Why Would I Forgive Someone “Seventy Times Seven” (Matthew 18:21-22)?
"Then Peter came up and said to him, "Lord, how often will my brother sin against me, and I forgive him? As many as seven times?" Jesus said to him, "I do not say to you seven times, but seventy times seven." ~ Matthew 18:21-22
"Seventy Times Seven" - Matthew 18:22
Read the transcript of the video above by Sam Waldron explaining the meaning of Matthew 18:
Forgiveness is not holding someone's sins against them in terms of creating distance or enmity in my relationship with them. The great paradigm example of forgiveness is God himself, who says in Jeremiah 31 that, "I will remember their sins and iniquities no more." What that means is not that God is going to forfeit his omniscience, but that God will not hold our sins against this. They will form no bar to his relationship of love and grace toward us. I think that's a good way of defining forgiveness.
Our practice of forgiveness has to be based on the gospel. In other words, what my thesis is here is that we have to forgive people like God forgives people, that God is the great example of forgiveness. All right? When God saves us, what does he do? He comes to us, calls us to repentance, we repent, he forgives us. Then what happens? He goes on for giving us day after day after day, 7 times 70, and 70 times, 70 more throughout our lives. When God calls upon us to forgive 490 times, he's calling upon us to do to other people exactly what he's doing for us as Christians.
The Parable of the Unforgiving Servant
Then Peter came up and said to him, "Lord, how often will my brother sin against me, and I forgive him? As many as seven times?" Jesus said to him, "I do not say to you seven times, but seventy times seven. "Therefore the kingdom of heaven may be compared to a king who wished to settle accounts with his servants. When he began to settle, one was brought to him who owed him ten thousand talents. And since he could not pay, his master ordered him to be sold, with his wife and children and all that he had, and payment to be made. So the servant fell on his knees, imploring him, 'Have patience with me, and I will pay you everything.' And out of pity for him, the master of that servant released him and forgave him the debt. But when that same servant went out, he found one of his fellow servants who owed him a hundred denarii, and seizing him, he began to choke him, saying, 'Pay what you owe.' So his fellow servant fell down and pleaded with him, 'Have patience with me, and I will pay you.' He refused and went and put him in prison until he should pay the debt. When his fellow servants saw what had taken place, they were greatly distressed, and they went and reported to their master all that had taken place. Then his master summoned him and said to him, 'You wicked servant! I forgave you all that debt because you pleaded with me. And should not you have had mercy on your fellow servant, as I had mercy on you?' And in anger his master delivered him to the jailers, until he should pay all his debt. So also my heavenly Father will do to every one of you, if you do not forgive your brother from your heart." (Matthew 18:21-35)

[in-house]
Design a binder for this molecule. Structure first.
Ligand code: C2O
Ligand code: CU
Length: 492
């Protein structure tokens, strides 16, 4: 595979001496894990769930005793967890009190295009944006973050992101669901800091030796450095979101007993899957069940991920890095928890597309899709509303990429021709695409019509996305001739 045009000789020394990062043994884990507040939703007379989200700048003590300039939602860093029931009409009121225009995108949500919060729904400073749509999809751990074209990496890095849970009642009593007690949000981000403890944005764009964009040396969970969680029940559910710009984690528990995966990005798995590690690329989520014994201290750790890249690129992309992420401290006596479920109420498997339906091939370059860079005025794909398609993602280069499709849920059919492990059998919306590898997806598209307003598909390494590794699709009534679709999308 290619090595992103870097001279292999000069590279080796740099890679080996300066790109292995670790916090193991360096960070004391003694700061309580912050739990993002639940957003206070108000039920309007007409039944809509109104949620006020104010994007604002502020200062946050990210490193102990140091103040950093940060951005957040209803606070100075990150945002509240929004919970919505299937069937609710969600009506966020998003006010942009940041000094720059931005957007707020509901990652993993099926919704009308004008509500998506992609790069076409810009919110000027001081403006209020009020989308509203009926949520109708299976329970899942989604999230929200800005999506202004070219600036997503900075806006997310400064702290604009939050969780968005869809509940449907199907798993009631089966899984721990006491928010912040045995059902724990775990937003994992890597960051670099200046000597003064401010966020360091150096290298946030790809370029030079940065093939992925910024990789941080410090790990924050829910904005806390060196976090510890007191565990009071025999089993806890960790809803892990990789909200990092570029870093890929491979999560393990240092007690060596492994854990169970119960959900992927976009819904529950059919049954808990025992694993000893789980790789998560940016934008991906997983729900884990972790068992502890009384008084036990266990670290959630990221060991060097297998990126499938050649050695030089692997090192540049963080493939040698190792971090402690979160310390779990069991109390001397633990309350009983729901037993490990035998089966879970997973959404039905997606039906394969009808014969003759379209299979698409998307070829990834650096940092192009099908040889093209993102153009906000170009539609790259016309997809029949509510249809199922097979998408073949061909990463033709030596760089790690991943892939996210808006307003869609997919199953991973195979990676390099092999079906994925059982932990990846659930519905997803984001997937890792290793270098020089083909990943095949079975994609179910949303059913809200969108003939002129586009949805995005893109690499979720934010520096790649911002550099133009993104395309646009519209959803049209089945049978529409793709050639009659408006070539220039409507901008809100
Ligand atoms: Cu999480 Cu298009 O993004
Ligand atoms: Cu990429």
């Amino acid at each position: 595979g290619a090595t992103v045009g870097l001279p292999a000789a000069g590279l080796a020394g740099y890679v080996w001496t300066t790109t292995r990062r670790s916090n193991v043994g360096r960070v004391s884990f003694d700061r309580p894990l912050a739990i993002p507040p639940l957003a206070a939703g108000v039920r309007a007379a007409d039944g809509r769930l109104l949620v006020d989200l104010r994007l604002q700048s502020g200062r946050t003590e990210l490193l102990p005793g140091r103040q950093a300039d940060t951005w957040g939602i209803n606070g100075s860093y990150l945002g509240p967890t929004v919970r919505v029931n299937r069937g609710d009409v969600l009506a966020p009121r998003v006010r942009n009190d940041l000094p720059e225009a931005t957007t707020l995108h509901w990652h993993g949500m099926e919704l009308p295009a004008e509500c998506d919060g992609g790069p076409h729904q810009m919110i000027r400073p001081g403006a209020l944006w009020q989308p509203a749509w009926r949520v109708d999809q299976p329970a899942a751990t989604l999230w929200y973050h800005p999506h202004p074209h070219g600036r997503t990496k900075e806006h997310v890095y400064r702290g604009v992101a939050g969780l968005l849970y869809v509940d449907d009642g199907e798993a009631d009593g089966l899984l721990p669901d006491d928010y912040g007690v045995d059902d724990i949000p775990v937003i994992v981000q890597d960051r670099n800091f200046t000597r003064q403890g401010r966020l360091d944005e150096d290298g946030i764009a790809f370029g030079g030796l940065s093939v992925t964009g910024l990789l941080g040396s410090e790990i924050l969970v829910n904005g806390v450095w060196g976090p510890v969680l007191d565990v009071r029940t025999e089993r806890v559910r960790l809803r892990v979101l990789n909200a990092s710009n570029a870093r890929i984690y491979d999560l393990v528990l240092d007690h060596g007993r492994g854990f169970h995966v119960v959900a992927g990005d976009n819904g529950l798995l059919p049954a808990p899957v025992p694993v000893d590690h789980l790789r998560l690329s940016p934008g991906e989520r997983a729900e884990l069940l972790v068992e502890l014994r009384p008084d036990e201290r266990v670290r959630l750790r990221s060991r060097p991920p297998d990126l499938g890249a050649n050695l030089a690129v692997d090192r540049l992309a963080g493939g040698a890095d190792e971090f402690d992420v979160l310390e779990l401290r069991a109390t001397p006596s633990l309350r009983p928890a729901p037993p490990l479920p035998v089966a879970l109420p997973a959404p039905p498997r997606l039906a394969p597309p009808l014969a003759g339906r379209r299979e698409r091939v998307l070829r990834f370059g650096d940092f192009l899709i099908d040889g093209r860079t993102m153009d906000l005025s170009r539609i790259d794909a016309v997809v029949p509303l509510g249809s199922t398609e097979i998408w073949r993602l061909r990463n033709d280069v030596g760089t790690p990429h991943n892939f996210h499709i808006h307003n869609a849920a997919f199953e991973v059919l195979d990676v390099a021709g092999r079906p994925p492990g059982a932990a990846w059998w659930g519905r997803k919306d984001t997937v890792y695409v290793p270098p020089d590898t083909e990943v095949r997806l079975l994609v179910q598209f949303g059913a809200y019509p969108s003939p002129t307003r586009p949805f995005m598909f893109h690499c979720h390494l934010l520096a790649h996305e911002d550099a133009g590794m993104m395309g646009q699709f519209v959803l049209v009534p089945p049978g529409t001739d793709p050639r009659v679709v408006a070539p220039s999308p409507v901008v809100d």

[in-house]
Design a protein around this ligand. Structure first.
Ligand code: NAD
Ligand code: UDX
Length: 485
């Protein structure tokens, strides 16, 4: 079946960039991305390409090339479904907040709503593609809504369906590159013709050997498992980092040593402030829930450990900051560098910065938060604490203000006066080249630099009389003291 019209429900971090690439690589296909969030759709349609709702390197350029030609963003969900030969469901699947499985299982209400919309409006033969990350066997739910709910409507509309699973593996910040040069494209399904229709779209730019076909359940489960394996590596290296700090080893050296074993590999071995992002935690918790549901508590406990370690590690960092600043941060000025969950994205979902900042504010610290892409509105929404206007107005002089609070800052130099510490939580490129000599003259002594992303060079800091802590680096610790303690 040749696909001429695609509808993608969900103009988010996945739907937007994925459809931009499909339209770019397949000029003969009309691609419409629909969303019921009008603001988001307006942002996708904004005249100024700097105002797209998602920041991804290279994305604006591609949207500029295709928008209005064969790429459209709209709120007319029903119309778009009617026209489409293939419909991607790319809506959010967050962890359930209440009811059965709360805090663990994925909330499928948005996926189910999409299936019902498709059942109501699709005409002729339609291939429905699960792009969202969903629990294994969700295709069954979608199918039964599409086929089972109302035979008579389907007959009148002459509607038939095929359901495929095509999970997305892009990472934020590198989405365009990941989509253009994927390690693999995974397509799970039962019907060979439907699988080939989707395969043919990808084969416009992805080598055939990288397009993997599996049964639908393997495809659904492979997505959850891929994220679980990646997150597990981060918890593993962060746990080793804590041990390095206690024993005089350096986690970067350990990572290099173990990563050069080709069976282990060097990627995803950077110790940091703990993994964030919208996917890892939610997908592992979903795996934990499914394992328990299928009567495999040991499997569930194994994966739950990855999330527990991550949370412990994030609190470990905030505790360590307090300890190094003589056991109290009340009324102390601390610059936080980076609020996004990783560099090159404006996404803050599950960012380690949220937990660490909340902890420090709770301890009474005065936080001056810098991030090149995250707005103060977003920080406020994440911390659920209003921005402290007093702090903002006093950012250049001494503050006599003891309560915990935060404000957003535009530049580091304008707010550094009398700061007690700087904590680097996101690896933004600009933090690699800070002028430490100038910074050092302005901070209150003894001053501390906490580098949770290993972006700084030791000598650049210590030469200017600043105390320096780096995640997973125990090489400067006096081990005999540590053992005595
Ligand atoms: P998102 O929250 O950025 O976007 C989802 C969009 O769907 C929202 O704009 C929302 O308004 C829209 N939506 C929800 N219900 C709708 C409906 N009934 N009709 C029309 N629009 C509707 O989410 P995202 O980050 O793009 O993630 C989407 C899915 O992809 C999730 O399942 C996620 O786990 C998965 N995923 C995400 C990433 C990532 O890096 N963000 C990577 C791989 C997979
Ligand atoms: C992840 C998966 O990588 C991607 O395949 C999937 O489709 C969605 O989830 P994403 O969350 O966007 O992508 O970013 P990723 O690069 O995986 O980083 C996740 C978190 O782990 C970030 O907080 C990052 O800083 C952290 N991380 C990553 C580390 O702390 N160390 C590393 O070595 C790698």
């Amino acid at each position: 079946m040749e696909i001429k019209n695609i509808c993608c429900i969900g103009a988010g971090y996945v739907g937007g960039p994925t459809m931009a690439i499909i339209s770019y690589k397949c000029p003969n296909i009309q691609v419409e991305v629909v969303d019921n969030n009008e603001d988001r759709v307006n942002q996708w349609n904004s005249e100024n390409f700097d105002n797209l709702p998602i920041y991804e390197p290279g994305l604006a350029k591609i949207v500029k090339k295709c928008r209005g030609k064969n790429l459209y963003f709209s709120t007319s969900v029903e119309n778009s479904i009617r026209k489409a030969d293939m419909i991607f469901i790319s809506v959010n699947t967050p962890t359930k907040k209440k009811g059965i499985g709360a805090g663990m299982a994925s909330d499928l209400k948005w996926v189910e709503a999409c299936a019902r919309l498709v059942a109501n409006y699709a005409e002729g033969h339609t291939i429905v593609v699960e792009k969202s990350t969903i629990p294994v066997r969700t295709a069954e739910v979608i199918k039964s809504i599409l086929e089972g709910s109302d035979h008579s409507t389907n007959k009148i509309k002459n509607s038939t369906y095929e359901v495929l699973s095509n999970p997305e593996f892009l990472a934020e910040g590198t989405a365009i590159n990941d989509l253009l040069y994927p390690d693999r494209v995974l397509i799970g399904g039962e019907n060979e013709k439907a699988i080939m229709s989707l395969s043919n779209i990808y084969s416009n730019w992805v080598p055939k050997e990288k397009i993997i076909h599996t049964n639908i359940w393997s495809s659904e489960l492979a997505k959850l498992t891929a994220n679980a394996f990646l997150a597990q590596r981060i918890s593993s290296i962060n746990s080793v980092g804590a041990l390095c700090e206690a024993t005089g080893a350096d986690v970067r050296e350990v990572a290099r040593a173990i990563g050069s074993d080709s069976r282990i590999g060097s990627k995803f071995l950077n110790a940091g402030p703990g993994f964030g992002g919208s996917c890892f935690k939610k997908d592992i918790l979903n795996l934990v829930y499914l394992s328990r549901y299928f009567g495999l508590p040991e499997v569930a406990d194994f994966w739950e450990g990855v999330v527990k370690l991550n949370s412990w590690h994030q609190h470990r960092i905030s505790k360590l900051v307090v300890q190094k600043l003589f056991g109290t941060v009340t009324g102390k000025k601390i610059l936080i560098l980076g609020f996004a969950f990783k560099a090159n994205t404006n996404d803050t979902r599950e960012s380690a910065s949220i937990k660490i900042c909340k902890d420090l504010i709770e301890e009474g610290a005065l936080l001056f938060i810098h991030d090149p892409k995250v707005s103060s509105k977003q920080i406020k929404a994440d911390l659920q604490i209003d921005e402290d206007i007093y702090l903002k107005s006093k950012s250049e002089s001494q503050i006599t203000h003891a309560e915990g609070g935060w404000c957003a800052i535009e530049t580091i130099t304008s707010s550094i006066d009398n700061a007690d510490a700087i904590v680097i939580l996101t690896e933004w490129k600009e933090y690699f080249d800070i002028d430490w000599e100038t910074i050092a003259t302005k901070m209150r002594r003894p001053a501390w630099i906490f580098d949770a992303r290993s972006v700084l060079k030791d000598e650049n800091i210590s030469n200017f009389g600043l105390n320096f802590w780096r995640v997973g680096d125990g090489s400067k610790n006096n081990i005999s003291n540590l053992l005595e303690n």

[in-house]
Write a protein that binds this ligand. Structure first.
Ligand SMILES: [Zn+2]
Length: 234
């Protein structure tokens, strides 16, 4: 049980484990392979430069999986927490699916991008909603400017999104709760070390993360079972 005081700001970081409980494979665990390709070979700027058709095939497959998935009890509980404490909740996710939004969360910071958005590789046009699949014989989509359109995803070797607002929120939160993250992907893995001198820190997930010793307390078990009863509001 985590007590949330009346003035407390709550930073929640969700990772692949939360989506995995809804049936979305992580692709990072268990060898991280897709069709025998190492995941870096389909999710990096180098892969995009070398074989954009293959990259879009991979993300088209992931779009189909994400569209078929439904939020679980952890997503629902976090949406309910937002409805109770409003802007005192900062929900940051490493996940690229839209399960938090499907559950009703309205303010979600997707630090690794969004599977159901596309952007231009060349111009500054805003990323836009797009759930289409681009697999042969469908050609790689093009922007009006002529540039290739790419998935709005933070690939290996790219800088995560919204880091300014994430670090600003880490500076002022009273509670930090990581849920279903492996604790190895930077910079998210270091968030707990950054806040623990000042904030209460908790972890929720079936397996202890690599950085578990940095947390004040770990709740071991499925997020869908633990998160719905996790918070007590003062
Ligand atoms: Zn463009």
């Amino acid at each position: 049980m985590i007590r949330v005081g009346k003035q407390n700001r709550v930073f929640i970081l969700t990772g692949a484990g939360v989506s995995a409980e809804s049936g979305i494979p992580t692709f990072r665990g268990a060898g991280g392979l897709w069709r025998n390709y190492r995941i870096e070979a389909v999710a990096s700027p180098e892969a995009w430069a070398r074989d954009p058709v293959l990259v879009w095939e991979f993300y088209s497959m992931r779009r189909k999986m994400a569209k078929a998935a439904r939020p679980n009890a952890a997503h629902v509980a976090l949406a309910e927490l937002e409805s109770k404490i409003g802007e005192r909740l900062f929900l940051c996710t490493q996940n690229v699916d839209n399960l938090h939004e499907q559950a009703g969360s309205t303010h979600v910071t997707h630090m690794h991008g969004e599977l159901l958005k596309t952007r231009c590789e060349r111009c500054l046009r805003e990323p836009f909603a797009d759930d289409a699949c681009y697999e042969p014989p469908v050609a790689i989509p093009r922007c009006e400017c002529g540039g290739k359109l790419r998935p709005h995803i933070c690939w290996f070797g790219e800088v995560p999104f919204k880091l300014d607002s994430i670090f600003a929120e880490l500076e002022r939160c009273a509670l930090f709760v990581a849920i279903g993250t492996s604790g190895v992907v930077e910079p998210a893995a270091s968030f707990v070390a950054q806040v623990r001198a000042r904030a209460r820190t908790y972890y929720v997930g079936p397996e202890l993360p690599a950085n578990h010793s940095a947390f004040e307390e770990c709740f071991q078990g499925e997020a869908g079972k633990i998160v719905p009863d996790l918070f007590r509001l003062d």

Bible Commentary on "Seventy times Seven"
"Jesus saith unto him, I say not unto thee"
Which is as if he had said, observe what I am about to say, I do not agree to what thou sayest to fix the number, "until seven times only", but
"until seventy times seven;"
a certain number for an uncertain, see ( Genesis 4:24 ). Christ's meaning is, that a man should be all the days, and every day of his life, forgiving those that sin against him, as often as they repent and acknowledge their fault; and that no time is to be set for the exercise of the grace of forgiveness; but as often as there are objects and occasions, though ever so many and frequent, it should be used; and which he illustrates by the following parable. (Excerpt from John Gill's Exposition of the Bible)